Editorial contribution by Sally Writes
During the second week of November this year, popular television personality Al Roker announced that he was battling prostate cancer. 66-year-old Roker, who is currently the weather anchor on NBC’s The Today Show, stated that his diagnosis came as a huge shock to him and his family. While he will have to undergo surgery to have the prostate removed, he is thankful that the cancer was detected early and that it can be treated. Although one in every nine men in the USA will be diagnosed with prostate cancer during their lifetime, Roker falls into a category with a considerably higher risk: he is African American.
Genetics and socio-economic factors play a role
According to the Prostate Cancer Foundation (PCF), African American men have a greater risk of getting aggressive prostate cancer at an earlier age, possibly due to a combination of genetic and socio-economic factors. The PCA recommends that African American men who have a parent or sibling who has been diagnosed with prostate cancer commence annual screenings from the age of 40. Men with no family history of the disease need to be screened annually from the age of 50. Roker was diagnosed after a routine physical exam found that his prostate-specific antigen (PSA) levels were elevated. An MRI and biopsy confirmed the diagnosis at the end of September.
Further treatment dependent on surgical findings
Once Roker’s prostate is removed, additional treatment will be determined by the surgical findings. The pathology report that is compiled after examining the prostate will provide valuable information pertaining to the stage, risk level, and chance of recurrence. Unless it is confirmed that the cancer is still active, Roker will not need any secondary treatment. Whether further treatment is required or not, prostate cancer patients such as the NBC anchor need to support their immune systems as much as they can, as it can aid in recovery while also helping to reduce treatment-related side effects. While following a diet filled with nutrient-dense foods is the easiest way to give your immune system a boost, patients with a decreased appetite might benefit more from a quality supplement.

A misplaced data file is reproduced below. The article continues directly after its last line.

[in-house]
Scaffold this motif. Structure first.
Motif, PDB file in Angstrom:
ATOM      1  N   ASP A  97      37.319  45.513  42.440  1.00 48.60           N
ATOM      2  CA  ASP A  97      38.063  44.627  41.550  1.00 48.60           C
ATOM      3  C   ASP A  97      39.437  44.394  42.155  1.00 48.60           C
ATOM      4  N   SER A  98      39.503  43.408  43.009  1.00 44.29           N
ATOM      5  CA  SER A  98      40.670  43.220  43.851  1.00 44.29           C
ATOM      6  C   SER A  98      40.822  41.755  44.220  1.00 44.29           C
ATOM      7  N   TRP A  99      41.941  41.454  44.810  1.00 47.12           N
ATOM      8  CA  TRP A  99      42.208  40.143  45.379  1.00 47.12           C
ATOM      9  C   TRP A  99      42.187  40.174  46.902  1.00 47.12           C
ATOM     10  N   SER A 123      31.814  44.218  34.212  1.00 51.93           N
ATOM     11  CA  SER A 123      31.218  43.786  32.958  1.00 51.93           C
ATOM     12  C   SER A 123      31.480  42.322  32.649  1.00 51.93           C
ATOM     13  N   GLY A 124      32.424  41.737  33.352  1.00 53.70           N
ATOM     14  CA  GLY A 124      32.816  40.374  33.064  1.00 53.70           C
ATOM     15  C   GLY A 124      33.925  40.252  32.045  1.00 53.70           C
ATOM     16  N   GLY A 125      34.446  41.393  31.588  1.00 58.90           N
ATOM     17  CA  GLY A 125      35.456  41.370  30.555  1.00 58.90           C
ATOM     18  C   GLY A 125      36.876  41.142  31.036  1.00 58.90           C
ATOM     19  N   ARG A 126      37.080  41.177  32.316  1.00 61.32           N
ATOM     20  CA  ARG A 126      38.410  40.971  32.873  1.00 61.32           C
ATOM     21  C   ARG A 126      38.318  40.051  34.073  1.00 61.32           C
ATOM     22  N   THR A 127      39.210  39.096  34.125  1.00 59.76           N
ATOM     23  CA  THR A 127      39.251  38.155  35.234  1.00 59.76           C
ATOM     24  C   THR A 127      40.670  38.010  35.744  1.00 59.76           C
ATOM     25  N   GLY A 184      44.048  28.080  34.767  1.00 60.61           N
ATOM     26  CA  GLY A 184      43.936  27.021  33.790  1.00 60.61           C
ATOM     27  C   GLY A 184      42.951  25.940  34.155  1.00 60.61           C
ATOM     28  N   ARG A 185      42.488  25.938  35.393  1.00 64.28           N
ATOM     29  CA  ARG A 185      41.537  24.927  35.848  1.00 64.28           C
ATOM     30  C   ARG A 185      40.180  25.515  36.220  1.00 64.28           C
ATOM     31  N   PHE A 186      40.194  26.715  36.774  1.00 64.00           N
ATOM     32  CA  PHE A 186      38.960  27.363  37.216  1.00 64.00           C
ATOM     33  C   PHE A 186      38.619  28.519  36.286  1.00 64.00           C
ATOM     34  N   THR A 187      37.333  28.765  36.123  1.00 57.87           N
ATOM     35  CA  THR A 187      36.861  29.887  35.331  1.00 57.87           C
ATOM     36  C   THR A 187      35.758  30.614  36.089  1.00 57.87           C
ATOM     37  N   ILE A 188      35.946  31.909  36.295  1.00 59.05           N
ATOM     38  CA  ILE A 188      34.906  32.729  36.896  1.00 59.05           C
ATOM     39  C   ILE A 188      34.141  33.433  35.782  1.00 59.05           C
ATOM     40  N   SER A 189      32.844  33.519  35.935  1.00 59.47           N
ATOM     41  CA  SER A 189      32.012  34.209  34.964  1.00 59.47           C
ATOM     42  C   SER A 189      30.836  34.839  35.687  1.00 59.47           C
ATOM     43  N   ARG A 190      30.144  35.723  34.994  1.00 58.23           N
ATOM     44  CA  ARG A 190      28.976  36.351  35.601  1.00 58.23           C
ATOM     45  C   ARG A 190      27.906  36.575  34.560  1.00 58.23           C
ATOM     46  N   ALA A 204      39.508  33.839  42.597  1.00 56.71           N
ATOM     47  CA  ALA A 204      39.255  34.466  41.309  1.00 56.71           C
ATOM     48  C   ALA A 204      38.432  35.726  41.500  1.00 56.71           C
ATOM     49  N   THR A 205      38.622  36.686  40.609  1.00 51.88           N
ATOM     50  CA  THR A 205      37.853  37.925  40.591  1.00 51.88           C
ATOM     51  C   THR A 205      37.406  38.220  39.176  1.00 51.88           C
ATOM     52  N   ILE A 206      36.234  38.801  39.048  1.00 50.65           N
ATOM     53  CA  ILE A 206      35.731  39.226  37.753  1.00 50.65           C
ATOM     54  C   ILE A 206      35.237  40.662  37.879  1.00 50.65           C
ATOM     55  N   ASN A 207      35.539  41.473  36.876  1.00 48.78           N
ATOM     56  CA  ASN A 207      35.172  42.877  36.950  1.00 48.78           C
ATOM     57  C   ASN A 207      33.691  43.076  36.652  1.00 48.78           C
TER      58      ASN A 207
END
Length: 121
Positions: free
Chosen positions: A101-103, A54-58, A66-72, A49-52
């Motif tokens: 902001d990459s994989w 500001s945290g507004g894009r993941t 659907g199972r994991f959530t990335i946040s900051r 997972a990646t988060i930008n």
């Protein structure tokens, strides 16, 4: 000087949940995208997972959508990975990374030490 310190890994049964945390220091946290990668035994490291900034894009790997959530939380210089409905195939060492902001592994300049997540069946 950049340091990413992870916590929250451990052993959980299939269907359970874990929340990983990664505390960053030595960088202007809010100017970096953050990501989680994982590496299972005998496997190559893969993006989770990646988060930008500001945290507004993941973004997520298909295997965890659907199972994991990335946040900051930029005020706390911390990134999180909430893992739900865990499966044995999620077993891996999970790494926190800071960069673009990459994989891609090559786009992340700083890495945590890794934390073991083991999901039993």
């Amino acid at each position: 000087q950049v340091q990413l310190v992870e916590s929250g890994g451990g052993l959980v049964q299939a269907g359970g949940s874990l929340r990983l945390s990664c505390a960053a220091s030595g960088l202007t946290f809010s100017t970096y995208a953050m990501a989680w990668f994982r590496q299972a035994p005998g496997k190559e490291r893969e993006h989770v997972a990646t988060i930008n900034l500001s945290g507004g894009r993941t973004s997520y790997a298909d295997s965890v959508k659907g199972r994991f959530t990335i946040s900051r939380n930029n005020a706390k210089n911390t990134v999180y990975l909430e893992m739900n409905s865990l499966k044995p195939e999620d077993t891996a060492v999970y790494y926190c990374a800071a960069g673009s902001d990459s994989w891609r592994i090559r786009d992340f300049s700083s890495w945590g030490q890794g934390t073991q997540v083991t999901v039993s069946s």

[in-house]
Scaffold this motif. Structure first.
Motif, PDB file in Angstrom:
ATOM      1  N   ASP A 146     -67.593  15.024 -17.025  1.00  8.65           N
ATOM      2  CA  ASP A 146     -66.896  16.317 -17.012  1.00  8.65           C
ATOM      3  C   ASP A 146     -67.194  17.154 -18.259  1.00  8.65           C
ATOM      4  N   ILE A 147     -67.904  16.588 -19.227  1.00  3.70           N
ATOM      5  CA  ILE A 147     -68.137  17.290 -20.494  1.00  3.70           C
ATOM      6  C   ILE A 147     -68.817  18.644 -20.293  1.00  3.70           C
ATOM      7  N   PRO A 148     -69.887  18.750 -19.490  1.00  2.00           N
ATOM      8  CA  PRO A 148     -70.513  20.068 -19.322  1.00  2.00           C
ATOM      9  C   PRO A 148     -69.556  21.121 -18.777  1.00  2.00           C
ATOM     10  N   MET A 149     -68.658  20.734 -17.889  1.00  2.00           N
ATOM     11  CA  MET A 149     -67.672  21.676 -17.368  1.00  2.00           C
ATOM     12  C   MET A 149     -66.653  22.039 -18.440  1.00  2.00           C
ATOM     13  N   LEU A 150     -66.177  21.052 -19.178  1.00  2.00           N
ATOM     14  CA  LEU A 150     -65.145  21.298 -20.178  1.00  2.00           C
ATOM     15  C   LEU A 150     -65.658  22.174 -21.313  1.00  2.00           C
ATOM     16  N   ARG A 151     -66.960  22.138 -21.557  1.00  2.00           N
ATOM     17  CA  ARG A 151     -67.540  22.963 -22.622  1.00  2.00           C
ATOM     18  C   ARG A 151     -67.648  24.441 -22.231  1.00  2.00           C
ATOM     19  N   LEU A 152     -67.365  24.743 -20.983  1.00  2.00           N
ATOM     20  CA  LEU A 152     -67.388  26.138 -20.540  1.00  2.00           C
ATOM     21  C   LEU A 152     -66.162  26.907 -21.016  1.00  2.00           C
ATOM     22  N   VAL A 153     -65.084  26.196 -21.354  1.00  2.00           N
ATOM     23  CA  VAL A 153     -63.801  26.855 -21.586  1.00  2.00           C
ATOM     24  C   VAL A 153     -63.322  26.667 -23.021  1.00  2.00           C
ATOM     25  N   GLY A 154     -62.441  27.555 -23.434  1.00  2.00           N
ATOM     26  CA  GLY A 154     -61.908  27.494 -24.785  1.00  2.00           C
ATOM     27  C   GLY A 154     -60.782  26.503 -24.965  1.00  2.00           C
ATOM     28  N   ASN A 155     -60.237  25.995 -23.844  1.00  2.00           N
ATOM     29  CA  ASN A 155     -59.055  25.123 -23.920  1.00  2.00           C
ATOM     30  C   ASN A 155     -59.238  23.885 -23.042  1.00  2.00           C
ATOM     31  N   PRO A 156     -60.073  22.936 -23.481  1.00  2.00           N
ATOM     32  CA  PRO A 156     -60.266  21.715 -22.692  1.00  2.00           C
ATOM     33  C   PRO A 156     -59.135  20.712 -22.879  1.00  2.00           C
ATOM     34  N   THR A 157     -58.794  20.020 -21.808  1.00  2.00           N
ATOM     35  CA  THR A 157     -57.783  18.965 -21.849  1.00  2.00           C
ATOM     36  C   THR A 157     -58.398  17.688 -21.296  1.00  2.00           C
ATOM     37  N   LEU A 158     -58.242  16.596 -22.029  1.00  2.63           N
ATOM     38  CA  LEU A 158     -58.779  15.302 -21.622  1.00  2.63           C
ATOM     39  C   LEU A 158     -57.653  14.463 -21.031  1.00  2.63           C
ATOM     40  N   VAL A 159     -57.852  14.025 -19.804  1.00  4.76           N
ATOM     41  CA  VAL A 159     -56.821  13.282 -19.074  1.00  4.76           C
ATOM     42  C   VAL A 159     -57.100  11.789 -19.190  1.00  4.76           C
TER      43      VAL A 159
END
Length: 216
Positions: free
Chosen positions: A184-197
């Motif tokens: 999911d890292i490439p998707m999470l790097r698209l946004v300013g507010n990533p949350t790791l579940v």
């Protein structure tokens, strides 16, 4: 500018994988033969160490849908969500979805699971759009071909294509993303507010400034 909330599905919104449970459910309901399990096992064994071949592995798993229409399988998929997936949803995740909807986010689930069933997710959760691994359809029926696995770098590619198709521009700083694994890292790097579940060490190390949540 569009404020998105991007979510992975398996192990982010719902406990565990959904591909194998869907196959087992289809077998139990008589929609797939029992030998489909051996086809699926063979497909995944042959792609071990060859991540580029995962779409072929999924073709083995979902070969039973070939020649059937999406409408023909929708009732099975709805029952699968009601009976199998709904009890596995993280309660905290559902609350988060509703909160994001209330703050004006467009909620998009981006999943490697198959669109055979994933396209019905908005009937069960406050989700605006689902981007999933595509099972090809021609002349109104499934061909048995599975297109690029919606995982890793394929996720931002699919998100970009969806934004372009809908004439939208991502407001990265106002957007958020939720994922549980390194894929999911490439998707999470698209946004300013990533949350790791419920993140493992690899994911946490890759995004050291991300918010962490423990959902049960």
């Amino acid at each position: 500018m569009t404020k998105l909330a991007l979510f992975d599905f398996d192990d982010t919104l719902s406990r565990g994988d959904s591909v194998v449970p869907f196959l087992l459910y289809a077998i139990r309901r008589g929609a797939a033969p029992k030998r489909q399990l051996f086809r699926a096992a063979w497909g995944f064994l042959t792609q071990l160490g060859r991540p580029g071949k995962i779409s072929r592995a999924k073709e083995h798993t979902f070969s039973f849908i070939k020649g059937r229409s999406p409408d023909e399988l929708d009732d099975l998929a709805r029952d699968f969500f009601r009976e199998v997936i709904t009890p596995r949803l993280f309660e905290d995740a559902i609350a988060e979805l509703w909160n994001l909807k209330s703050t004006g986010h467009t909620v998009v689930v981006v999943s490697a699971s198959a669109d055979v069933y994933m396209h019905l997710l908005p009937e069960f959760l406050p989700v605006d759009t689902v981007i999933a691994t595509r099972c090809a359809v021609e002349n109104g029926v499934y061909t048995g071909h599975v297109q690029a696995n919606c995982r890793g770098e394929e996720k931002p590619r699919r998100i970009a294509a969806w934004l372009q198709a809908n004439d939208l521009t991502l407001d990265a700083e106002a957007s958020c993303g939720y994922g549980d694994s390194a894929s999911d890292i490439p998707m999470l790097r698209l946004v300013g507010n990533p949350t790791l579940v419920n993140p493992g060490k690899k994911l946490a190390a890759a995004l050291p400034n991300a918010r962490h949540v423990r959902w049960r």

There is light at the end of the tunnel
According to research findings that were reported at the American Society of Clinical Oncology Genitourinary Cancers Symposium that was held in San Francisco, African American men with prostate cancer can live as long as their Caucasian counterparts if they receive treatment from the same care delivery system. The use of a personalized cancer vaccine, Provenge, was referenced. Administering the vaccine entails taking a white blood cell sample from the patient, exposing the dendritic cells to tumor antigens, and transfusing the adapted cells back into the body. When comparing the results of Caucasian men and African American men who received the treatment, the latter lived over 4.5 years, compared to the 2.5 years of white men.
Research has proven that African American men are at a higher risk of getting prostate cancer. By adhering to a strict screening schedule, however, any abnormalities can be detected early, which increases the recovery rate exponentially.
Photo Credit: August de Richelieu